's old teacher, Edward T. Channing
, the well and gratefully remembered Professor
of Rhetoric at Harvard College, wrote Aug. 25, 1849:—
my dear Charles,—You will remember, I hope, that I am justified in addressing you thus familiarly by the mistake you made at P. B. K. of supposing that I took the same liberty there.
Moreover, I was glad to see that you would not have been displeased If your construction had been correct. . . . I am pleased to see a man stand up with your zeal and courage for what I hold to be the right upon some of the gravest questions that agitate our own time, and concern the comming ages beyond your calculation or mine.
I am glad to see so much information touching these questions brought near to very many who are waiting for day; so perpetual and urgent insisting upon their religious and moral aspects and bearing; so, earnest appeals to men to feel that they all can and should do something to put down mischief, set right error, and substitute long-concealed or oppressed truth and justice.
Burke was ready to pardon something to the spirit of Liberty.
Certainly I may do as much to you spirit of benevolence, when I meet with passages or even a whole paper with opinions or reasons which I cannot adopt, or a tone with which I cannot sympathize.
Professionally I might allude to your style; and I must confess that true to my calling, in reading the Union College oration, I more than once them theme-corrector.
“Nineteen zodiacs” have gone round since I was occupied in that exhilarating office in your behalf; and I assure you, my dear sir, that I rejoice in a supposed fault, now and then, which reminds me of those days and of you.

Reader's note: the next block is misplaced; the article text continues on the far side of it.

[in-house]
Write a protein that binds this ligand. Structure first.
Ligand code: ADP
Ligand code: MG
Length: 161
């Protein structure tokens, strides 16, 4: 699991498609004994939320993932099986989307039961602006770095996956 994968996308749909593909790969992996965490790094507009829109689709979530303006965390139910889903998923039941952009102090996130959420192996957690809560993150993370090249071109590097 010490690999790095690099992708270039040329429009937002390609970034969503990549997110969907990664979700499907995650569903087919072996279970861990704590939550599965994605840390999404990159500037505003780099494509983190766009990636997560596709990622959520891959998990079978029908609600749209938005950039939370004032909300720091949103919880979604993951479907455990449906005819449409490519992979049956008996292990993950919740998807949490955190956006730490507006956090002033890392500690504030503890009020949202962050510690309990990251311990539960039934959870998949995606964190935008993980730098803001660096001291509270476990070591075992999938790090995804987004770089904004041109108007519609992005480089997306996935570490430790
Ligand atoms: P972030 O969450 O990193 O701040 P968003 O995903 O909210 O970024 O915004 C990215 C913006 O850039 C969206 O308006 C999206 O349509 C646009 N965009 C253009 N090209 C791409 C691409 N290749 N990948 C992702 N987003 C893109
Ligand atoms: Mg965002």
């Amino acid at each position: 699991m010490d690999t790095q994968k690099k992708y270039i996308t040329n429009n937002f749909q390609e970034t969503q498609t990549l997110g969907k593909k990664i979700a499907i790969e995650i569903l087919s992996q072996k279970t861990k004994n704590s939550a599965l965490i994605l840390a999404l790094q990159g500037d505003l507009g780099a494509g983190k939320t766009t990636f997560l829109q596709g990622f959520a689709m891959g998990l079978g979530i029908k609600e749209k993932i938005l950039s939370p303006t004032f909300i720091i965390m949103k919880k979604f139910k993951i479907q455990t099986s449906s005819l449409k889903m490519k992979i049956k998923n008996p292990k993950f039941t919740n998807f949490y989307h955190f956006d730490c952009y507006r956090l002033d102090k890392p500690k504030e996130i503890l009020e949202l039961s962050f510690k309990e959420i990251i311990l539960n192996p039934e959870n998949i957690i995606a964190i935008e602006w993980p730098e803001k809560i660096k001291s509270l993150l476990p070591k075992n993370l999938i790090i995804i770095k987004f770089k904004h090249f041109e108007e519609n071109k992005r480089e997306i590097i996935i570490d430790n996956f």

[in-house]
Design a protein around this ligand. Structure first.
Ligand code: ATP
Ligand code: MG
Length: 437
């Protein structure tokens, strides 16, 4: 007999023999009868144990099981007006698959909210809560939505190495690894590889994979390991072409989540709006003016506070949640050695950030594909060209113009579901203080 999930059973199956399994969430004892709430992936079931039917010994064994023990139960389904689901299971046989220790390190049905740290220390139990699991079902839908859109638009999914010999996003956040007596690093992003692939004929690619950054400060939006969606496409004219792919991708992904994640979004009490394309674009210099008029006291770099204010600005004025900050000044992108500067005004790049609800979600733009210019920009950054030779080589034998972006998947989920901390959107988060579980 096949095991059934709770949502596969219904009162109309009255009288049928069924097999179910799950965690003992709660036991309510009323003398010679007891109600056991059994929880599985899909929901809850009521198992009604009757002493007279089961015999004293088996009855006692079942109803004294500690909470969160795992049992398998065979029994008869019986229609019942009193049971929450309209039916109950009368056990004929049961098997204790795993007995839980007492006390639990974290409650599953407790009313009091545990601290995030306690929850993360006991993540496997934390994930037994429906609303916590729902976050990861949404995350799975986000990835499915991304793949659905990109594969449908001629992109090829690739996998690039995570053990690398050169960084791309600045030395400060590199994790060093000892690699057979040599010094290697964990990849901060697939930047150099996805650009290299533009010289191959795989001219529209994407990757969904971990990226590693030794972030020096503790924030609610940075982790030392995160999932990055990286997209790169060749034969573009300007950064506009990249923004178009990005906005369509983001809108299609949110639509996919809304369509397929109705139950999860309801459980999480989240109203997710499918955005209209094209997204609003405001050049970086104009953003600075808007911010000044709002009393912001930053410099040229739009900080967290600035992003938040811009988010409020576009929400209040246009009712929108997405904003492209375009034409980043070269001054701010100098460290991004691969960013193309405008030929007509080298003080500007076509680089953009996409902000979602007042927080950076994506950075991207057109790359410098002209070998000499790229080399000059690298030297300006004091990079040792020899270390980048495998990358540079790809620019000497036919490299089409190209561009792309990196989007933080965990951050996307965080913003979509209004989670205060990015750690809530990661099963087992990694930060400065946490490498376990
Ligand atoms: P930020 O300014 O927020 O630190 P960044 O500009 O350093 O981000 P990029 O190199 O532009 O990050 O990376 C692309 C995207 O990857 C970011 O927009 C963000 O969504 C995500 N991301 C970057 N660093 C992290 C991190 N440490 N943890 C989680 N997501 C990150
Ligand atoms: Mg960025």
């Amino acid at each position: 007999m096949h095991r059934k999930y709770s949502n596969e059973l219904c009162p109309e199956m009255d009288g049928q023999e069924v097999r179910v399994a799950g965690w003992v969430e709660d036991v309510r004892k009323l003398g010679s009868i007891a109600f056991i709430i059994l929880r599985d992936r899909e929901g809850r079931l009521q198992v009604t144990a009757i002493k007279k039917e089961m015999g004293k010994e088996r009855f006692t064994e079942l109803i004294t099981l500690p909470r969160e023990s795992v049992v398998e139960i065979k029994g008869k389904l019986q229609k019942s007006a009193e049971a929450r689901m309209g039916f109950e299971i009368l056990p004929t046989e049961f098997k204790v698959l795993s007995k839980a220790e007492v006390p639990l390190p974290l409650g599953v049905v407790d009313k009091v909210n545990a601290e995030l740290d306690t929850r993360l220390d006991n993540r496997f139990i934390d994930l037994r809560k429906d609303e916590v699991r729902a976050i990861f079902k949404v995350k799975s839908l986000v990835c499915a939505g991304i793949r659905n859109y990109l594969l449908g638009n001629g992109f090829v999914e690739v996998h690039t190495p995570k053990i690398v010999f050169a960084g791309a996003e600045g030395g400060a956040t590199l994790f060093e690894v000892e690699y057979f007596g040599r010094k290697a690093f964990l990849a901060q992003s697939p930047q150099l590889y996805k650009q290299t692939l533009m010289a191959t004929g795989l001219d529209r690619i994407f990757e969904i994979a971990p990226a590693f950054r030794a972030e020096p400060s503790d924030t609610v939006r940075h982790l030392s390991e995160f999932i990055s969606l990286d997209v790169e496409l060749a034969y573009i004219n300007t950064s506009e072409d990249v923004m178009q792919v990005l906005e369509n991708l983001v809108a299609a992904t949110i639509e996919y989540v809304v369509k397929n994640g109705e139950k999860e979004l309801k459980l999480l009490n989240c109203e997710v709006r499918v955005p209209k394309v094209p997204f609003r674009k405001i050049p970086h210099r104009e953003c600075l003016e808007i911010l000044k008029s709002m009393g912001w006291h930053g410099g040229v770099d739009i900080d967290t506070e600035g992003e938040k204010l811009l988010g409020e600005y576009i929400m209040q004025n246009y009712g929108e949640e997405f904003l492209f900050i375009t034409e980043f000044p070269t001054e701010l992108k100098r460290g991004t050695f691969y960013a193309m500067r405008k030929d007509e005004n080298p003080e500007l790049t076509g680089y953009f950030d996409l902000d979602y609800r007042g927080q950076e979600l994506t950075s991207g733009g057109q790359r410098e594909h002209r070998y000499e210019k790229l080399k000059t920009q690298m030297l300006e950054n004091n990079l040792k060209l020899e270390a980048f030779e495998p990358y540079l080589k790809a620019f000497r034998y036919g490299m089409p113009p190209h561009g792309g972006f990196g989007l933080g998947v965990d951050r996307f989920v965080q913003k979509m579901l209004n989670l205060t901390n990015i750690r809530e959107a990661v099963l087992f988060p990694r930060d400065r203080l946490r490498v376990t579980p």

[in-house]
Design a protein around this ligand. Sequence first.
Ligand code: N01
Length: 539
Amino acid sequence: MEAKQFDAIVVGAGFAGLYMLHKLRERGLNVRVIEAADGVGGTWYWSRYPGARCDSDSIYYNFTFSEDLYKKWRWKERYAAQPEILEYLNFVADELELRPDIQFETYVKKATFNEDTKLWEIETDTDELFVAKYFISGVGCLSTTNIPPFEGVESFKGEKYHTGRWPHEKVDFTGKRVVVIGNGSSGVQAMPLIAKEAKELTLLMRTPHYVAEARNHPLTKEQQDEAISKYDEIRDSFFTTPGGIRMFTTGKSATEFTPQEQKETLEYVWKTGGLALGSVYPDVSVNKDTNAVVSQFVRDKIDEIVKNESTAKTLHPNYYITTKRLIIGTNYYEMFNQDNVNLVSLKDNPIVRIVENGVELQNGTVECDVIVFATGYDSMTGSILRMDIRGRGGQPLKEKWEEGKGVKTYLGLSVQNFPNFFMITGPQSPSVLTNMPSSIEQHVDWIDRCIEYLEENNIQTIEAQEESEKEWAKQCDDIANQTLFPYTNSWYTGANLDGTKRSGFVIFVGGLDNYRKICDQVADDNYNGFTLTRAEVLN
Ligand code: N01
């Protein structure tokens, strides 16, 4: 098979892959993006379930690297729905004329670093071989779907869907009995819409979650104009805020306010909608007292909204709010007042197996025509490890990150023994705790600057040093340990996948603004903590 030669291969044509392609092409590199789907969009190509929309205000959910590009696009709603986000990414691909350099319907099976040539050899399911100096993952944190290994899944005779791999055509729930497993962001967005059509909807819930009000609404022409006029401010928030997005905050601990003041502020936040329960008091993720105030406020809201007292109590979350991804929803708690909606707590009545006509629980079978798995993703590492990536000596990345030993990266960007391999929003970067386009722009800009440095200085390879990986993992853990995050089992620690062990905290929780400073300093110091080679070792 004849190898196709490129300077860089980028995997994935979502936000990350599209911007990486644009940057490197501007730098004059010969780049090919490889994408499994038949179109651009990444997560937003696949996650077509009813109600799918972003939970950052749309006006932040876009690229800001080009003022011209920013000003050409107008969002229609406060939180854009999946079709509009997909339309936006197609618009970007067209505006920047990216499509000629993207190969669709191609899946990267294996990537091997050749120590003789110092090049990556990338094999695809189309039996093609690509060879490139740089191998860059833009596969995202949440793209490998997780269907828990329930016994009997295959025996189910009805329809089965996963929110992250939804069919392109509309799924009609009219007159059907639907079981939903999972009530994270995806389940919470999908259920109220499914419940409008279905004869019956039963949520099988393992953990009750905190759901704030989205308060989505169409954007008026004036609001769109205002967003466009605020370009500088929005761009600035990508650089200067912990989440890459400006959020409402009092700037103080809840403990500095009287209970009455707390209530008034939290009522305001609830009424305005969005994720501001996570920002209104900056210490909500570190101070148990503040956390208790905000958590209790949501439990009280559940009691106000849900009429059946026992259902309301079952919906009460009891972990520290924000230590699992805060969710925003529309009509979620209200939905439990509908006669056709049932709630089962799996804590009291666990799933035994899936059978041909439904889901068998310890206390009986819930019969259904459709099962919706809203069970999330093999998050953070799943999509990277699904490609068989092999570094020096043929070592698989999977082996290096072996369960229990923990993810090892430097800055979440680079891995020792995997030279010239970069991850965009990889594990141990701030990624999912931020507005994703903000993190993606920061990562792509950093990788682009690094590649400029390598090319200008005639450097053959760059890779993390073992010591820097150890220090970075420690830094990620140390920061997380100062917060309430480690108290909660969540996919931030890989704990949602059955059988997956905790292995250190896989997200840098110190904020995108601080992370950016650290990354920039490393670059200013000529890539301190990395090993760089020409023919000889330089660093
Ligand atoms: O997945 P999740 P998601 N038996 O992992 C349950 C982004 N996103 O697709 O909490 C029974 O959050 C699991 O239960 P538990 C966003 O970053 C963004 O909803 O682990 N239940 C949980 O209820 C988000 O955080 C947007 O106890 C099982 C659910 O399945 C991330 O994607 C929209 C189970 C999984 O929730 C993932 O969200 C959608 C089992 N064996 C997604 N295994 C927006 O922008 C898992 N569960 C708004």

Rev. Andrew P. Peabody
wrote from Portsmouth
, Sept. 29, 1846:—
Permit me to express with my thanks for the copy of your address [at Phi Beta Kappa anniversary] my intense personal gratification in its perusal, and my deep sense of the services which you are rendering to the one great cause of peace, freedom, and progress.
Upon that cause you have concentrated the memories and influence of the illustrious men commemorated in your address (I was going to say with consummate art, but it is not so) with a naturalness and spontaneity which shows under what associations all subjects of thought must habitually group themselves in your mind.
You are acquiring an influence inconceivably higher and more euduring than could possibly accrue from the more direct and beaten track to professional fame or political elevation; while I trust that the time is not far distant when these goals will be more surely reached by the route which you have taken than by the grovelling path on which they are wont to be sought
Rev. Convers Francis
wrote Sept. 26, 1846:—
In common with the scholars and good men of our community, I thank you most heartily for this powerful exhibition of noble and beautiful truths, with which society among us has abundant need to be quickened and purified.1